Which translation of the aseret dibrot do the Xtians rely upon and which to do we.

    What does a Hindu or Buddhist think about them and is it fair for them to be placed in a courtroom where the judge makes it plain that this is his foundation for judgement. It is not right, we need to protect everyone.

    Hi Roland and Stacey



    You listed some very important issues that should be given more press.

  2. BarbaraFromCalifornia November 3, 2005 at 2:59 pm

    Very well said, Jack.

    It does seem as if our nation is more divided than it has ever been before at any time, and that the voices are not just getting louder, but meaner too.

    I thought that the Justices were supposed to interpret the COnstitution. Personal opinions were supposed to be irrellevant. But in this instance, what matters most is how each individual feels about an issue, most importantly abortion, which is a very small issue that these Justices must tackle if you look at it realistically. What about the right to die, labor law, environmental issues, emminent domain, etc?

    I am ashamed at the moment to be a member of the legal profession.

  3. Stacey November 3, 2005 at 2:14 pm

    Great post. Alito is too damn conservative.

  4. Roland Hansen November 2, 2005 at 9:38 pm

    Good Commentary.

  5. Ezzie November 2, 2005 at 7:50 pm

    I fall into the “conservative” class, though I doubt I’m of the apopletic part. 🙂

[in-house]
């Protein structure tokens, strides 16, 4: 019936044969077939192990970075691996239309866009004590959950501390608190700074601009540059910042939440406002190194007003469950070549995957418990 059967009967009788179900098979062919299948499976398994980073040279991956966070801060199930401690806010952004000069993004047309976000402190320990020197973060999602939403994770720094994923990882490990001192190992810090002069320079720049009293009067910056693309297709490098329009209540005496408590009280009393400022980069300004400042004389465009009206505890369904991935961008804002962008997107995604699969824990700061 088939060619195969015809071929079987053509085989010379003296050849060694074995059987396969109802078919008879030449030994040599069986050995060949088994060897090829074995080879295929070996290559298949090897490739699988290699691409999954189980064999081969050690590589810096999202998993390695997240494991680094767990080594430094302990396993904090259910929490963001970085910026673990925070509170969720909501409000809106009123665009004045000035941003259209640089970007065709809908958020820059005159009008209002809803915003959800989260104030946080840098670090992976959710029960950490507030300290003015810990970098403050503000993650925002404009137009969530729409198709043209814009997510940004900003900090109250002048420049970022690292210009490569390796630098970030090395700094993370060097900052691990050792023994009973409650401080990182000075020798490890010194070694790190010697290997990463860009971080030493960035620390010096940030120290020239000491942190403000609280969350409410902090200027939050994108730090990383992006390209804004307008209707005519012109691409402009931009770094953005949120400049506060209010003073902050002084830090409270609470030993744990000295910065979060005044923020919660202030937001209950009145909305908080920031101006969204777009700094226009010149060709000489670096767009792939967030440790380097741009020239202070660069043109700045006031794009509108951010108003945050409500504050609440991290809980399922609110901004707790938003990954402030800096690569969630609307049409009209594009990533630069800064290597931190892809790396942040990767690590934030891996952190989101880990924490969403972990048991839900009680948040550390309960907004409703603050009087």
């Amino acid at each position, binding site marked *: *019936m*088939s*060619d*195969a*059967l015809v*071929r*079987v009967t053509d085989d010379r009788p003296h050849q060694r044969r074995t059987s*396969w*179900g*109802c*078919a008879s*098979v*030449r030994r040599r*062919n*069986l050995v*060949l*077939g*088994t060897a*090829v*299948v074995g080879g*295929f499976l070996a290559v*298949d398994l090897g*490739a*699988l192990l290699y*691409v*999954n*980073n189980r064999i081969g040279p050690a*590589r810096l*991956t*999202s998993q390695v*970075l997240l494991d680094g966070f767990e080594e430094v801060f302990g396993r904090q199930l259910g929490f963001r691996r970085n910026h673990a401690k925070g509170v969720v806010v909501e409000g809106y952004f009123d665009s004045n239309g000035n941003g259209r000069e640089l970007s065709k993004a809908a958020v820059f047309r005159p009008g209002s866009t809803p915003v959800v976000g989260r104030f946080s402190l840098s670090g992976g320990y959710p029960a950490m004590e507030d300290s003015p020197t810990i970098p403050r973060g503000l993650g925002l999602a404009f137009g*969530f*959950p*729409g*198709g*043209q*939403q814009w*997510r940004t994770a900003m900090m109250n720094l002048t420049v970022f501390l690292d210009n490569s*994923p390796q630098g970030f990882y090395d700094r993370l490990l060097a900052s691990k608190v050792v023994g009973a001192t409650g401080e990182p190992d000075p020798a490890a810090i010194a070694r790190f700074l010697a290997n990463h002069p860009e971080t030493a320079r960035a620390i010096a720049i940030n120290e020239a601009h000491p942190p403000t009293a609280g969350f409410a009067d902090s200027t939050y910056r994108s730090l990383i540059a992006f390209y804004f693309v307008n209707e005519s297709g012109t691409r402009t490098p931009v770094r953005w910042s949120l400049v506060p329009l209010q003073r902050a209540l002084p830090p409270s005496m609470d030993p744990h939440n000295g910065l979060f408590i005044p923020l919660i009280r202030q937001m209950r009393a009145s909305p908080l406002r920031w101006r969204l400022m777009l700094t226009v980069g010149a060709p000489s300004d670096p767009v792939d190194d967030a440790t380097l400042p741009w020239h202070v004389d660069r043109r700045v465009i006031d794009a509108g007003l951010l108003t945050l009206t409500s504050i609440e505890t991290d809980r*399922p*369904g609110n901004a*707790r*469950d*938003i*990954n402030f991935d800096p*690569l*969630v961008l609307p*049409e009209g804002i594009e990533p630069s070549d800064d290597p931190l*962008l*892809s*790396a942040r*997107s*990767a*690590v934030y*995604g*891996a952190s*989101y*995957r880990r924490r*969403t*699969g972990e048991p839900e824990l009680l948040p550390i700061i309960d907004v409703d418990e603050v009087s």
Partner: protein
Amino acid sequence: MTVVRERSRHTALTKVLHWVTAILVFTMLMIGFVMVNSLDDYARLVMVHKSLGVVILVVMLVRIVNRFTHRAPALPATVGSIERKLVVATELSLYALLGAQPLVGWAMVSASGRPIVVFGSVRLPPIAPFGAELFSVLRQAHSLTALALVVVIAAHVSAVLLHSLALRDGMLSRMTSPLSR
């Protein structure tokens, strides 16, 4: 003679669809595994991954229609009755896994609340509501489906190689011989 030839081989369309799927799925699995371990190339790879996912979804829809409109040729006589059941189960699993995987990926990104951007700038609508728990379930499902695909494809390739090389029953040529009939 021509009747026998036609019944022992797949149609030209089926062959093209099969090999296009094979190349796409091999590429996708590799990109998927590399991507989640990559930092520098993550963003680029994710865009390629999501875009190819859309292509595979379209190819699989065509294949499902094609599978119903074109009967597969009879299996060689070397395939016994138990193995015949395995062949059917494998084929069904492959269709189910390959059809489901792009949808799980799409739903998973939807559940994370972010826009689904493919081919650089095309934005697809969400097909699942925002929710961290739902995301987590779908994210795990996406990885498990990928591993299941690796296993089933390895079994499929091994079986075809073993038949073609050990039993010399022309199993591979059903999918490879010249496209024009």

Nobody knows exactly what the framers had in mind: But we all think we can come to a decent conclusion based on their words. The 1st Amendment which assures that the state will not support an Establishment of Religion (and says nothing about seperation of church and state) is meant to ensure that there will be no official religion, and that the state will not support any religion over any other.

    The case in which Alito ruled was about a town that put up nice holiday murals – representative of a number of religions and secular ideas. He ruled that these murals were not intended to establish any religion, and therefore did not violate the Establishment Clause.

    As for abortion, he ruled partial-birth abortion legal. He only restricted (in a different case) whether the husband (I don’t think just father) – in a non-rape, non-divorced, non-abusive case – should be informed if the wife was going to abort the baby.

    I’m not sure what you are referring to about minorities.

  6. Bill November 2, 2005 at 7:07 pm

    Your comment on not seeing America as a theocracy made me smile.

    The following quote you might find interesting it is from a university Prof I know.

    In his lecture on the nature of American politics he says.

    “it is hard not to see a degree of the theocratic, in a country that prints ‘In G-d we trust’ on its money and every second public building.”

    That said I don’t see America in the past, as being theocratic, as it is now.

    Ironically the first thing I thought of when entertaining the idea of an American theocracy was “g-d help us all.”

  7. Z November 2, 2005 at 6:37 pm

    Very nicely said. I completely agree and some of those things, well, I have been accused of myself. Because I am also big on separation of church and state and the rights of ALL – I have been accused of being a non-believer, anti-“moral” and anti-“good”. I have been told that since I am against a creche at the courthouse and I am against the 10 Commandments being there too, we Jews obviously don’t believe in God. Lovely isn’t it?